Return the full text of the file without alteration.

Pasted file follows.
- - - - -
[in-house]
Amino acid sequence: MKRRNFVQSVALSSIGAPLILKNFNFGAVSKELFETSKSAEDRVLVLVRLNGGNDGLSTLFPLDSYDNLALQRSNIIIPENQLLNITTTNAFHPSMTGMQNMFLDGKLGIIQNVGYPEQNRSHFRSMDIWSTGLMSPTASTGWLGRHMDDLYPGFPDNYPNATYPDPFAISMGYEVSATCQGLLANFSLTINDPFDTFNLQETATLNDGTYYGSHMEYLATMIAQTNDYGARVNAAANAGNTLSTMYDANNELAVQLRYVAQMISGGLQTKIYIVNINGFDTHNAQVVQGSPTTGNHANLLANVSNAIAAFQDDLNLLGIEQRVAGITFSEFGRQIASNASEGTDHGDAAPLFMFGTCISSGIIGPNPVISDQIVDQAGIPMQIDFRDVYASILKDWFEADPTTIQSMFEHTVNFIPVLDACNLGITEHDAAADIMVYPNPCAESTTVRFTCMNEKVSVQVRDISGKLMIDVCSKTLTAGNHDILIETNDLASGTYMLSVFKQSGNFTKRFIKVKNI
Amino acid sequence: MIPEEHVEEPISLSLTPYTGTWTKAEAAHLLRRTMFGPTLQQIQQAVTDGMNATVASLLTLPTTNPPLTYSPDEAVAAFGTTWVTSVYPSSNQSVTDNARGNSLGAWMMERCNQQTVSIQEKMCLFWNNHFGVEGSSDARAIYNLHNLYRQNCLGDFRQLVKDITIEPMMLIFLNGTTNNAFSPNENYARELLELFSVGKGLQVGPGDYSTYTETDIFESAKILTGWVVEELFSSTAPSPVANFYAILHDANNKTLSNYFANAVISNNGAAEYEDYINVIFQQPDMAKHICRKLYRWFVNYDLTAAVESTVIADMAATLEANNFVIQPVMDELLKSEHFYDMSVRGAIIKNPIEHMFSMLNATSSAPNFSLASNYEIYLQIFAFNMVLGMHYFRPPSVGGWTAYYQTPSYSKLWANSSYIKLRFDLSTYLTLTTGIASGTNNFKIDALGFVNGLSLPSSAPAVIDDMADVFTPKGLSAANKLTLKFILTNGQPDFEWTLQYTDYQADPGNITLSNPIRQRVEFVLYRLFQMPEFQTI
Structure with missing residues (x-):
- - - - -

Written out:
[in-house]
Amino acid sequence: MKRRNFVQSVALSSIGAPLILKNFNFGAVSKELFETSKSAEDRVLVLVRLNGGNDGLSTLFPLDSYDNLALQRSNIIIPENQLLNITTTNAFHPSMTGMQNMFLDGKLGIIQNVGYPEQNRSHFRSMDIWSTGLMSPTASTGWLGRHMDDLYPGFPDNYPNATYPDPFAISMGYEVSATCQGLLANFSLTINDPFDTFNLQETATLNDGTYYGSHMEYLATMIAQTNDYGARVNAAANAGNTLSTMYDANNELAVQLRYVAQMISGGLQTKIYIVNINGFDTHNAQVVQGSPTTGNHANLLANVSNAIAAFQDDLNLLGIEQRVAGITFSEFGRQIASNASEGTDHGDAAPLFMFGTCISSGIIGPNPVISDQIVDQAGIPMQIDFRDVYASILKDWFEADPTTIQSMFEHTVNFIPVLDACNLGITEHDAAADIMVYPNPCAESTTVRFTCMNEKVSVQVRDISGKLMIDVCSKTLTAGNHDILIETNDLASGTYMLSVFKQSGNFTKRFIKVKNI
Amino acid sequence: MIPEEHVEEPISLSLTPYTGTWTKAEAAHLLRRTMFGPTLQQIQQAVTDGMNATVASLLTLPTTNPPLTYSPDEAVAAFGTTWVTSVYPSSNQSVTDNARGNSLGAWMMERCNQQTVSIQEKMCLFWNNHFGVEGSSDARAIYNLHNLYRQNCLGDFRQLVKDITIEPMMLIFLNGTTNNAFSPNENYARELLELFSVGKGLQVGPGDYSTYTETDIFESAKILTGWVVEELFSSTAPSPVANFYAILHDANNKTLSNYFANAVISNNGAAEYEDYINVIFQQPDMAKHICRKLYRWFVNYDLTAAVESTVIADMAATLEANNFVIQPVMDELLKSEHFYDMSVRGAIIKNPIEHMFSMLNATSSAPNFSLASNYEIYLQIFAFNMVLGMHYFRPPSVGGWTAYYQTPSYSKLWANSSYIKLRFDLSTYLTLTTGIASGTNNFKIDALGFVNGLSLPSSAPAVIDDMADVFTPKGLSAANKLTLKFILTNGQPDFEWTLQYTDYQADPGNITLSNPIRQRVEFVLYRLFQMPEFQTI
Structure with missing residues (x-):